Limited purpose refers to an activity a business carries out that is only meant for internal use. Understanding your business’s intellectual property is incredibly important, not only to protect your IP but also to ensure you’re not infringing on others’ IP. Many business owners have a deep connection to the name and brand they are building, so it is essential you review your IP and business plan together to ensure you’re not building something that may be an issue further down the line. Many IP experts offer free consultations that will give you a top-line view of any potential problems. There may be budgetary constraints for small businesses; however, putting in place correct IP protection from the start can save you time and money in the long run.
The Importance of IP Audits
We’ve looked at the different types of IP audits and what they can mean for the business; now, let’s see what intellectual property protection audits can do for a company in relation to the wider marketplace.
Identifying New Opportunities
As mentioned previously, an intellectual property audit should be carried out in conjunction with your market and competitor research. Not only will this help you determine potential developments in your offering, but it will also help you pinpoint what is unique about your company. Depending on your industry and business, it may also encourage innovation in your product development or engineering department. Conversely, it will also outline what features of your competitor’s offering aren’t protected by intellectual property law, allowing you to plan your marketing and product development strategy accordingly.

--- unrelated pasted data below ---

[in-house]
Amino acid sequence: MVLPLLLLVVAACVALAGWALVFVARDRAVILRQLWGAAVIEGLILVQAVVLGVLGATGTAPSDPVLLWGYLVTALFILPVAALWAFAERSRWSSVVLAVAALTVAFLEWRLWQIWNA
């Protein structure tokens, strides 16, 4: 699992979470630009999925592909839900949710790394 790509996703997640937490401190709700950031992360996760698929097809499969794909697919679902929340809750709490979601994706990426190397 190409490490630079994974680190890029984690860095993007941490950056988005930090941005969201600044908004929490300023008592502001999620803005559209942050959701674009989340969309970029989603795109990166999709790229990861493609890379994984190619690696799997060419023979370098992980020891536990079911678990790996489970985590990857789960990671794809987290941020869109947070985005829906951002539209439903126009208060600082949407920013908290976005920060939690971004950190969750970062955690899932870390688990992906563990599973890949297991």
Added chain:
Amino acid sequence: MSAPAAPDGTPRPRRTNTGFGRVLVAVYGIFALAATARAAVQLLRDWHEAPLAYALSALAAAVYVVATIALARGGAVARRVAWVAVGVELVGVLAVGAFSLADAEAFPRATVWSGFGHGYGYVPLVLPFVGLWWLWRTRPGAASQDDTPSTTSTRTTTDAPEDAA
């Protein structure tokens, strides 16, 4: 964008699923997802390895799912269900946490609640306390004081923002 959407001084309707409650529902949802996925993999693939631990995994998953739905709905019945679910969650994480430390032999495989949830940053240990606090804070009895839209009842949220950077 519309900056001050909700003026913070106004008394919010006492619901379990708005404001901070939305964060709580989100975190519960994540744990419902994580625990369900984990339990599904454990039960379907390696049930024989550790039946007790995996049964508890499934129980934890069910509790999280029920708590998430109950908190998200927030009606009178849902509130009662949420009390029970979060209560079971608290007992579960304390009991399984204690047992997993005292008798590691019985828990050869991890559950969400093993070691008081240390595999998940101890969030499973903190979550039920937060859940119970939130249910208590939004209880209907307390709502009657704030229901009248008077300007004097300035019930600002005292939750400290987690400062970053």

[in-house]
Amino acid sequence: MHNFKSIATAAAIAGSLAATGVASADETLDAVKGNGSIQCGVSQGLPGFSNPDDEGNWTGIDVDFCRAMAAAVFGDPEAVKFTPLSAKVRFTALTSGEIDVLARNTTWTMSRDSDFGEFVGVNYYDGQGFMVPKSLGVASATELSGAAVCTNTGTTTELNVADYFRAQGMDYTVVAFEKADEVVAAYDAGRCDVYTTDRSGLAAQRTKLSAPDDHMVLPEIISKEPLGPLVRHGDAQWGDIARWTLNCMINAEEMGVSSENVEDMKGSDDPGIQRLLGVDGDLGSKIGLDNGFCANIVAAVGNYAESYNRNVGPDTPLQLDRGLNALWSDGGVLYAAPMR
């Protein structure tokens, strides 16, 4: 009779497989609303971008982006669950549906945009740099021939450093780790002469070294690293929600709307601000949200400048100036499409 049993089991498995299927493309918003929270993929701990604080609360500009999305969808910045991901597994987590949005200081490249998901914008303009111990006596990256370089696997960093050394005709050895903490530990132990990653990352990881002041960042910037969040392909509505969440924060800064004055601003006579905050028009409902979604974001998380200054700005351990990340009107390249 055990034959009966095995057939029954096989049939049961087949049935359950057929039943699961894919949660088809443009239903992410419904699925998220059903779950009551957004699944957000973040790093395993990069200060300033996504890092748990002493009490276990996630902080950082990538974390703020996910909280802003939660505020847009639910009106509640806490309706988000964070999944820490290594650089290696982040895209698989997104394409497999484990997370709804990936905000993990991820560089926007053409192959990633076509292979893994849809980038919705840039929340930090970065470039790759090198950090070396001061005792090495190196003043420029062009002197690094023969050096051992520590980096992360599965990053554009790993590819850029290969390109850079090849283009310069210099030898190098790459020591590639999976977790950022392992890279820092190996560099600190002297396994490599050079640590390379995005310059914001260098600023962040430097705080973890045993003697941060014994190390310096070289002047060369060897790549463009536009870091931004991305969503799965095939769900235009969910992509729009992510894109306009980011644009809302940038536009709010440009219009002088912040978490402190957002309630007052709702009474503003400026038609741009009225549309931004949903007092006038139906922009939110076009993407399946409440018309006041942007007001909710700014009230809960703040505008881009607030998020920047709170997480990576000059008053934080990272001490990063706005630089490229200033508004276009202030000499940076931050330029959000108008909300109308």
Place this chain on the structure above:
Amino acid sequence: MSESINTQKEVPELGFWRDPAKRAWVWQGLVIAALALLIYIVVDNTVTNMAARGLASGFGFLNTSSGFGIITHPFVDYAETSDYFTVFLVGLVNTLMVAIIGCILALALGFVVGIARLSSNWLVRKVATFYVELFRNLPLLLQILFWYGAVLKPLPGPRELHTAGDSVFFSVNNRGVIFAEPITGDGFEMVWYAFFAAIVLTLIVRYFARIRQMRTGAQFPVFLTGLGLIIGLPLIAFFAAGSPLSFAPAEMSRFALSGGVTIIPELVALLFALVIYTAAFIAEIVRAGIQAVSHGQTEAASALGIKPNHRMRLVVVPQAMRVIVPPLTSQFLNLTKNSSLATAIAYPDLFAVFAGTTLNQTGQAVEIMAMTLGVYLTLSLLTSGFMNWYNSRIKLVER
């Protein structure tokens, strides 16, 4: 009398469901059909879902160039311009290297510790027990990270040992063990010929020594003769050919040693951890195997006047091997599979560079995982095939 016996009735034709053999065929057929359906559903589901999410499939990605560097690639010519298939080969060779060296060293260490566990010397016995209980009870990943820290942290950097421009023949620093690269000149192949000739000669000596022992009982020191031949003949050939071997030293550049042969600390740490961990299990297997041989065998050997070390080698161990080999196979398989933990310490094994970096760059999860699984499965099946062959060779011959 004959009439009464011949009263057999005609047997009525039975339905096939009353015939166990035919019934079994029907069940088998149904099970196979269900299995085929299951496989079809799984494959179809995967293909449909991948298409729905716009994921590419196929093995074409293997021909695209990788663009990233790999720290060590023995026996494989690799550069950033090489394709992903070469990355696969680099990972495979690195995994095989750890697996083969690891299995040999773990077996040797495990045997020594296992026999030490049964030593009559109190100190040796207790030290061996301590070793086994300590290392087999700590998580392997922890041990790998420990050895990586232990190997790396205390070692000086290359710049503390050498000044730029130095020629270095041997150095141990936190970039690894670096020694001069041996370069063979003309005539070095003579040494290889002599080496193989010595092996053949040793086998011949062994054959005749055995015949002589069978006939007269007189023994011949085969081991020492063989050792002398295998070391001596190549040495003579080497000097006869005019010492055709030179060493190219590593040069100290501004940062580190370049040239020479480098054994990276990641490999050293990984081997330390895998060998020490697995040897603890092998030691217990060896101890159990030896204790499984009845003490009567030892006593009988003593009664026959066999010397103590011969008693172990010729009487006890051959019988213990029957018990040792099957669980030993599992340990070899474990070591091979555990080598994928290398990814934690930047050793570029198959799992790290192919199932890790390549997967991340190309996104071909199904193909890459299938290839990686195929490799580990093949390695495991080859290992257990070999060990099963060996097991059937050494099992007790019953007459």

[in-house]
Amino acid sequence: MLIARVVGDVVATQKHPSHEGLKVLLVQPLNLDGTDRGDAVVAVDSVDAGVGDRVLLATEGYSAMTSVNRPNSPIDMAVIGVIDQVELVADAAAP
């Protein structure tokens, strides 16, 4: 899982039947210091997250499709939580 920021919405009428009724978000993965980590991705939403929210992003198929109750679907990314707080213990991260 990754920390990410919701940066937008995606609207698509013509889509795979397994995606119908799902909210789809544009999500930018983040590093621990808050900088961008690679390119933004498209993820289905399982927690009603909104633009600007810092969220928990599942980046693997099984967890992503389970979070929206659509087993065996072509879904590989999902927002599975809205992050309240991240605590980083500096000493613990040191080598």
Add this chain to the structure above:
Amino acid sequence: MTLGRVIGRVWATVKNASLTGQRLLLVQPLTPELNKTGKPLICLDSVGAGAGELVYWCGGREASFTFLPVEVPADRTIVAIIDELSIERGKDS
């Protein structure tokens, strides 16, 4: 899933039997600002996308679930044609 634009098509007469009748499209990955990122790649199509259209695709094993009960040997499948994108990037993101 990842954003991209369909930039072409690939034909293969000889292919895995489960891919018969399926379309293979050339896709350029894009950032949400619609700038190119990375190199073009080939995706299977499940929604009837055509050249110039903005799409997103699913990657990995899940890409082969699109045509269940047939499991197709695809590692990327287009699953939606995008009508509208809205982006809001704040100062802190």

If you spent time getting an IP audit and protecting your creative output, the business needs to be communicating that to potential customers. Consumers will not care that you have a trade mark or any other form of IP protection, but they will buy into a unique brand. It’s about storytelling, brand building, and having a distinctive voice that sets you apart. Ensuring no one can imitate your brand will only make it stronger and enable you to resonate effectively with your ideal customer.
Preventing Costly Disputes
Intellectual property law can be complicated, and the process to either defend or prevent another company from infringing can be lengthy. The average lawyer will charge around £250 per hour, and these cases can continue for months, if not years. The best way to prevent this is to secure your IP protection early, ideally before launching the business.
Through an Intellectual Property Audit, you can understand the assets your business has, build a strong brand identity, and distinguish yourself from your competitors. Whether you are planning on selling your business or not, preventing copycats is invaluable to the health of your venture. Considering the different types of IP protection for your business will allow you to improve your business plan, strategies, and marketing efforts. After all, knowledge is power!